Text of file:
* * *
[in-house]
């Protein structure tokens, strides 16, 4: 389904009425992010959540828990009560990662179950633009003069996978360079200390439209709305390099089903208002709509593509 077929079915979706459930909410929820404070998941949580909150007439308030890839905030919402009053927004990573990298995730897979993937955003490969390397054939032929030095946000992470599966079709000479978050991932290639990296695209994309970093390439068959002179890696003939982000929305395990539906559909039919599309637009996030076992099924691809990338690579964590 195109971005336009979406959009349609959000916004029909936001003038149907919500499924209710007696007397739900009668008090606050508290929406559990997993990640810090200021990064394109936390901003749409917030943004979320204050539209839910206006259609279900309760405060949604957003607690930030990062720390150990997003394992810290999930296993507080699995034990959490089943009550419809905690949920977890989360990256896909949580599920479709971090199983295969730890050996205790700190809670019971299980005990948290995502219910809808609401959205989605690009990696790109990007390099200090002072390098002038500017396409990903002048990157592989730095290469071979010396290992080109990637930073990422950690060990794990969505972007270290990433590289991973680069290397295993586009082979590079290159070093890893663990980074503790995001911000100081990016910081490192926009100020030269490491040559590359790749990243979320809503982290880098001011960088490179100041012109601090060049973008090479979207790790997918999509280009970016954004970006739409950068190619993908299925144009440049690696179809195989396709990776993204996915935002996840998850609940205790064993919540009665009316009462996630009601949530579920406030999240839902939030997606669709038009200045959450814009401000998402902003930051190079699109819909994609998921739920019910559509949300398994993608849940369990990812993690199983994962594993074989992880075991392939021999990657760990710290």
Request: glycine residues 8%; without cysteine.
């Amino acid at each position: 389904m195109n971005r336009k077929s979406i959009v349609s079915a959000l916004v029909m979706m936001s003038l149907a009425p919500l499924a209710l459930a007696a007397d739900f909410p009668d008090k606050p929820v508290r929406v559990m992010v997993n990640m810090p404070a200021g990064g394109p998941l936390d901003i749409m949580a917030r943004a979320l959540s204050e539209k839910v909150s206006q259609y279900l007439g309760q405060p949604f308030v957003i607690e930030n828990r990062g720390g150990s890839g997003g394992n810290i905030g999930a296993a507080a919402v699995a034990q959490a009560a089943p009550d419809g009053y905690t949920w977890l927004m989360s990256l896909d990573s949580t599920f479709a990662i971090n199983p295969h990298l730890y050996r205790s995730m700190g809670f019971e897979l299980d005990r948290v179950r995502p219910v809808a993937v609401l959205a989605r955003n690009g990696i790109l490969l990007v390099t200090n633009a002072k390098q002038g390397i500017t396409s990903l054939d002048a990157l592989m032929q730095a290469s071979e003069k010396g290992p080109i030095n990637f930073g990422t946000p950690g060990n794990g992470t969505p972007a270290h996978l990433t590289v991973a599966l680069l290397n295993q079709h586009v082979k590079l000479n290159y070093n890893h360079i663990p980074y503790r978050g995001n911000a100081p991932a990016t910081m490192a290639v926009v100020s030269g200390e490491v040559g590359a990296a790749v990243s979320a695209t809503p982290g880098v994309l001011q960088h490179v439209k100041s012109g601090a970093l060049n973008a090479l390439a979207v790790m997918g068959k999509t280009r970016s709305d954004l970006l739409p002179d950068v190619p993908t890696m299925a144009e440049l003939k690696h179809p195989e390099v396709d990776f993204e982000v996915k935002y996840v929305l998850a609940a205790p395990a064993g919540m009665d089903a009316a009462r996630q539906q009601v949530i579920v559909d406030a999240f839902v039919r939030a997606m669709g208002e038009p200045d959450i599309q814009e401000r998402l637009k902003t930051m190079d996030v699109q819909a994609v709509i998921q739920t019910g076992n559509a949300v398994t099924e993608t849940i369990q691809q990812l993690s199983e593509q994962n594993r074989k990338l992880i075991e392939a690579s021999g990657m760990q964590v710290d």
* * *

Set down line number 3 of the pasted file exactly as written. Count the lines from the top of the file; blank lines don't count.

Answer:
Request: glycine residues 8%; without cysteine.